Five ways to work 35 hours (or less!) a week

You’re tired of working yourself to death. You’ve had enough of the pressure of long hours, and you want not more money but more time: you want a shorter workweek. You want to work 35 hours a week, or 32, or even less.

But in an industry where some companies brag about their 70-hour workweeks, can you find a programming job with a short workweek?

The short answer is that yes, you can work 35 hours or less. I’ve done it at multiple jobs, and I know other programmers who do so as well.

The longer answer is that you have multiple different options, different ways of achieving this goal. Let’s see what they are.

Option #1: Find a job that offers shorter hours

While they are few and far between, some organizations do offer shorter workweeks. For example, over on the excellent Key Values job board you can learn about Monograph, a company that provides a 32-hour workweek by default.

Option #2: Negotiate a custom deal

Just like you can negotiate a higher salary, you can also negotiate a shorter workweek. The best place to do it is at your current job, because you’ve likely got expensive-to-replace knowledge of business logic, organizational procedures, local tech stack, and so on. But you can also negotiate for a shorter workweek at a new job, if you do it right.

If you’re interested in seeing how this is done, read my interview with a programmer who has been working part-time for 15 years.

Option #3: Become a consultant (the right way)

If you’re a consultant and you do it right, you can raise your rates high enough that you don’t need to work full time to make a living. Doing it right is important, though: if your hourly rate is low enough you’re going to have to work long hours.

To learn about some of what it takes, Jonathan Stark’s Value Pricing Bootcamp is one place to start.

Option #4: Start a product business (the right way)

If you’re selling a product that you’ve created, the hours you work don’t map one-to-one to your income. You have the upfront time for creating the product, and ongoing time for marketing and maintaining the product, but at that point you can sell the same product over and over with much smaller investment of time.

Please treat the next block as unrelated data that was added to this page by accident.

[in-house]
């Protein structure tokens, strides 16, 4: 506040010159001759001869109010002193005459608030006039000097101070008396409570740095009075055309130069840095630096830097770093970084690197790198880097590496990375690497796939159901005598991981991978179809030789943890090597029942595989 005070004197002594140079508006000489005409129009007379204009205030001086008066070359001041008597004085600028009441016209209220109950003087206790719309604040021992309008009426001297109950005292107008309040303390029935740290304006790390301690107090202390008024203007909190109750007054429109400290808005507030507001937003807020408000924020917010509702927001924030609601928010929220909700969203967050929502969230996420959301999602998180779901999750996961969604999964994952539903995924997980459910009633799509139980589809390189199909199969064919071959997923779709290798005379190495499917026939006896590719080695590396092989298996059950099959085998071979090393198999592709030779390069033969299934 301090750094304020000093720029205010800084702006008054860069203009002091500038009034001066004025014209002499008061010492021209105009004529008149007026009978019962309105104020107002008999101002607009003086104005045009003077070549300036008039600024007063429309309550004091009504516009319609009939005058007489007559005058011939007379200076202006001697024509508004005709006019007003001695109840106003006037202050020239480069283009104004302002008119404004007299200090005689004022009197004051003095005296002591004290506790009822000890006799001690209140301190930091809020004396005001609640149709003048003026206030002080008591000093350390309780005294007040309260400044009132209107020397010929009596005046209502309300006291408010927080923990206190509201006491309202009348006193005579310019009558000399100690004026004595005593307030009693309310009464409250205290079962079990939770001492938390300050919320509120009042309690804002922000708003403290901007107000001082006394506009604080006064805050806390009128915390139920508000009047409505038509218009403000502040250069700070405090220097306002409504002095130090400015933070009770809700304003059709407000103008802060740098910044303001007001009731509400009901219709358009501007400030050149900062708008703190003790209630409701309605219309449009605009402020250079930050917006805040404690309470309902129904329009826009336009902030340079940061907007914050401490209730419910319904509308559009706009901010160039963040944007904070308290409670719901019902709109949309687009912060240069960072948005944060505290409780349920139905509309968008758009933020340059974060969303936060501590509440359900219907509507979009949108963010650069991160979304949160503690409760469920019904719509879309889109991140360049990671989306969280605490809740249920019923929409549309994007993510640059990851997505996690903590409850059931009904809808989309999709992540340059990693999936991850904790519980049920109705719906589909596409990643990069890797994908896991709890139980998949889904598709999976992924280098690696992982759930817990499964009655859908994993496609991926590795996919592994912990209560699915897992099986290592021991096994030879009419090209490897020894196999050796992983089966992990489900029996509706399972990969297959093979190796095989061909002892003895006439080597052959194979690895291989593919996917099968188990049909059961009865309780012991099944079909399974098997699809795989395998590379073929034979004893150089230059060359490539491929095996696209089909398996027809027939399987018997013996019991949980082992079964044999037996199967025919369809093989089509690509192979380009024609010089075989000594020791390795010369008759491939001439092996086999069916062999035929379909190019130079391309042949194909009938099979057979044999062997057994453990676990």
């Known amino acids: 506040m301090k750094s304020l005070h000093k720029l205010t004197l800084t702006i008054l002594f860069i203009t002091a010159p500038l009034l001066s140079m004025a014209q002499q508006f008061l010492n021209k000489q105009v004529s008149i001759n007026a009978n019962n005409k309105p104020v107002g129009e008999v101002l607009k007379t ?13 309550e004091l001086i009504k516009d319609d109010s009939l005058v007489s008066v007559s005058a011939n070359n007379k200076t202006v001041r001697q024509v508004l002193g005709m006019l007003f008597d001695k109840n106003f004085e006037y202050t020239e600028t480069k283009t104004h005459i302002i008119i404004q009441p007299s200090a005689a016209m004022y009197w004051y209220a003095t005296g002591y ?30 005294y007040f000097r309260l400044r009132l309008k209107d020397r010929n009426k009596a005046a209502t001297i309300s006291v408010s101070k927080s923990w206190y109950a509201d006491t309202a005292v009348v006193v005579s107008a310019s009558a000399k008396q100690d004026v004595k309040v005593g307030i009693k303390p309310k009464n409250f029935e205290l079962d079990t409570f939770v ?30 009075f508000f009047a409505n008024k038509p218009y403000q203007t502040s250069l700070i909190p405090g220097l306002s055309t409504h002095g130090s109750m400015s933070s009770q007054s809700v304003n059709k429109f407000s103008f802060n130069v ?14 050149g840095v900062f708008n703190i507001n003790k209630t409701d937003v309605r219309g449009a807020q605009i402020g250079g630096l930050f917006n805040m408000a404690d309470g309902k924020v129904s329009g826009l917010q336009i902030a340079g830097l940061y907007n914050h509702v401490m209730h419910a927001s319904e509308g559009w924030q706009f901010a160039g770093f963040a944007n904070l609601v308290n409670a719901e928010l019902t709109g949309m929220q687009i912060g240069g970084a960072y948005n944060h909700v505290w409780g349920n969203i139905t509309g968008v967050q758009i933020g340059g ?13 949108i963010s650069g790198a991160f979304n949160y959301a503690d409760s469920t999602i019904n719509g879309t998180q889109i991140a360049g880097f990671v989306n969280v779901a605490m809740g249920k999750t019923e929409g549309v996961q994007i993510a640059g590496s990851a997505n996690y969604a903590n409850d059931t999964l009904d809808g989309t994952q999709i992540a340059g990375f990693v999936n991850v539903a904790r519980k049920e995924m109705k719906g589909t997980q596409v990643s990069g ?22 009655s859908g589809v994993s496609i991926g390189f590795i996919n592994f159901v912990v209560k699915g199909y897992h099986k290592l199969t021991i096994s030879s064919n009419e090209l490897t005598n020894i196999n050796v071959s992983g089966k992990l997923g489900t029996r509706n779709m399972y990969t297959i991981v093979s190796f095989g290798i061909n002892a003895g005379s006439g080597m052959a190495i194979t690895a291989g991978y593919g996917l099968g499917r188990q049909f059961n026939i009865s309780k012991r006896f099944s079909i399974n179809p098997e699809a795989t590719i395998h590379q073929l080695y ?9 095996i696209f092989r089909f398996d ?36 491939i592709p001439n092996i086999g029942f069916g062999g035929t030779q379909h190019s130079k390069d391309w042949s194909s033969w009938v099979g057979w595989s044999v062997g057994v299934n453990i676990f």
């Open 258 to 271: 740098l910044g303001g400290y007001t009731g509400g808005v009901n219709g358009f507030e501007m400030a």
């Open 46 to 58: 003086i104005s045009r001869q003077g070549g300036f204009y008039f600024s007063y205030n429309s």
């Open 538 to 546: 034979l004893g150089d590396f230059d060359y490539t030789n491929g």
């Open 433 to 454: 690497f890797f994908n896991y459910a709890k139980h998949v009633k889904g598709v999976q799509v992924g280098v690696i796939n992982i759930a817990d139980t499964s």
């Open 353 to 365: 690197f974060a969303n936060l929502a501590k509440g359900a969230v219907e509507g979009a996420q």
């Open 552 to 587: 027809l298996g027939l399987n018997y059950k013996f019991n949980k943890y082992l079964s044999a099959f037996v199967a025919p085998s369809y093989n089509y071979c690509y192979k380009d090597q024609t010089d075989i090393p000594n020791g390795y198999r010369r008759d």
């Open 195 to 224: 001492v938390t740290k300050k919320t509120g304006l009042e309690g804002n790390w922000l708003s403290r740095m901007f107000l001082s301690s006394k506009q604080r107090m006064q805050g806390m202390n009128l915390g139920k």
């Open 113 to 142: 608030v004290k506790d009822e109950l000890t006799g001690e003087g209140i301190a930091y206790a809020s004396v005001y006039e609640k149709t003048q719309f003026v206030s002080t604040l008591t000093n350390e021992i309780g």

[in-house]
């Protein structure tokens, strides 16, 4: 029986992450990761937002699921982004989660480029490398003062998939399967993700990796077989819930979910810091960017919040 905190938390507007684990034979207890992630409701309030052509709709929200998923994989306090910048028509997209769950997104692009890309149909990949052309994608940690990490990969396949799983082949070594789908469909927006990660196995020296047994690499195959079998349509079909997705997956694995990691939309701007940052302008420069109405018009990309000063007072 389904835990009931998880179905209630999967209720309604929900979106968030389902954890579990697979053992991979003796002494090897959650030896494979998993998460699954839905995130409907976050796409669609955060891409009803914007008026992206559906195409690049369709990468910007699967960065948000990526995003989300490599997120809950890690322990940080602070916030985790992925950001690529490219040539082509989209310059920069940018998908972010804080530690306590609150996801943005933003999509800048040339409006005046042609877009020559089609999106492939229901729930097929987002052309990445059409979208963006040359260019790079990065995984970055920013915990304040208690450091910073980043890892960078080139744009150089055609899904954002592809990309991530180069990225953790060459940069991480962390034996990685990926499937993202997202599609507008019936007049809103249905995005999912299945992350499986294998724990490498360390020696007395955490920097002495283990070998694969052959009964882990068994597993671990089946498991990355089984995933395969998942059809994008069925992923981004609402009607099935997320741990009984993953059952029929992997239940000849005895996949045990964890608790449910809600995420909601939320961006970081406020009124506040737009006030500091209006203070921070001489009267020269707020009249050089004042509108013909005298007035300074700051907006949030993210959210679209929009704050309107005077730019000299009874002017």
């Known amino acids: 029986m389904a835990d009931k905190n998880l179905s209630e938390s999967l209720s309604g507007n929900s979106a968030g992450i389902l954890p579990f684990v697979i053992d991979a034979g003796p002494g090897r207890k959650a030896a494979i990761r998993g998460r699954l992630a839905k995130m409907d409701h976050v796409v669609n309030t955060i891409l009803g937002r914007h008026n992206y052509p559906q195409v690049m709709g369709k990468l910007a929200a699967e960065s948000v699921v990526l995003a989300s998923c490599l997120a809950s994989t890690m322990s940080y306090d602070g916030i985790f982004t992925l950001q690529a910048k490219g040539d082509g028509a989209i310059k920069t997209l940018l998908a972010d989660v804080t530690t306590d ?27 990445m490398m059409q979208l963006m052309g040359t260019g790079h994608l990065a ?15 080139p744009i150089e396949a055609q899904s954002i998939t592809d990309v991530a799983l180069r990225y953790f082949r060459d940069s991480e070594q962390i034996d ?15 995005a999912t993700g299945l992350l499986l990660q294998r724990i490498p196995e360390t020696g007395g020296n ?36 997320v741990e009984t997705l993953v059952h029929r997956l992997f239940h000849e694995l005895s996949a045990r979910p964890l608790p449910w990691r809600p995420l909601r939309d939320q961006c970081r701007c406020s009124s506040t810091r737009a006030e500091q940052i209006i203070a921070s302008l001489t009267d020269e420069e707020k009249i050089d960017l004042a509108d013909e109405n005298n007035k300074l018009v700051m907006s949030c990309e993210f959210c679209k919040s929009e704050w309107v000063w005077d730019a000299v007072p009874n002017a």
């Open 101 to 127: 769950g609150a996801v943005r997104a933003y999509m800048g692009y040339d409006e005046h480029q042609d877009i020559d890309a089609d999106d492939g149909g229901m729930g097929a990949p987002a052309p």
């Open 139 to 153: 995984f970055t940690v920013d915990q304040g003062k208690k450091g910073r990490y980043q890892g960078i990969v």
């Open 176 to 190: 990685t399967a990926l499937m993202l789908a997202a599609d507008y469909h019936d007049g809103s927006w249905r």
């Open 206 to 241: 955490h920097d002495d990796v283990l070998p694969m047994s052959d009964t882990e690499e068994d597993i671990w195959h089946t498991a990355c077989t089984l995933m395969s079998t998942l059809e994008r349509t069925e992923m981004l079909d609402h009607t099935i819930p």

Consider for example Amy Hoy’s explanation of how bootstrapping a business allowed her to make a living even with a chronic illness.

Option #5: Early retirement

Living below your means is a good idea in general: the more money you have in the bank the easier it’ll be for you to find a better job, for example. But if you don’t want to work at all, over the long term cutting your expenses can help you stop working altogether.

Liberate yourself from the office

One of the pernicious side-effects of the culture of long hours in tech is that even a 40-hour workweek seems impossible. But long hours aren’t necessary: they’re a crutch for bad management. Working shorter hours can actually make you more productive, productive enough that your total output goes up even with shorter hours.

In the short run, if you want to work fewer hours you have to do something about it.

In the long run, there’s no reason why a 32-hour workweek couldn’t be the standard—if we all push for it hard enough.

If you want to get your time back for yourself, the time to start is now. And if you want some extra guidance on how to do it, check out The Programmer’s Guide to a Sane Workweek.


Is your job taking way all your personal time and freedom? You can succeed as a software engineer without working crazy hours.


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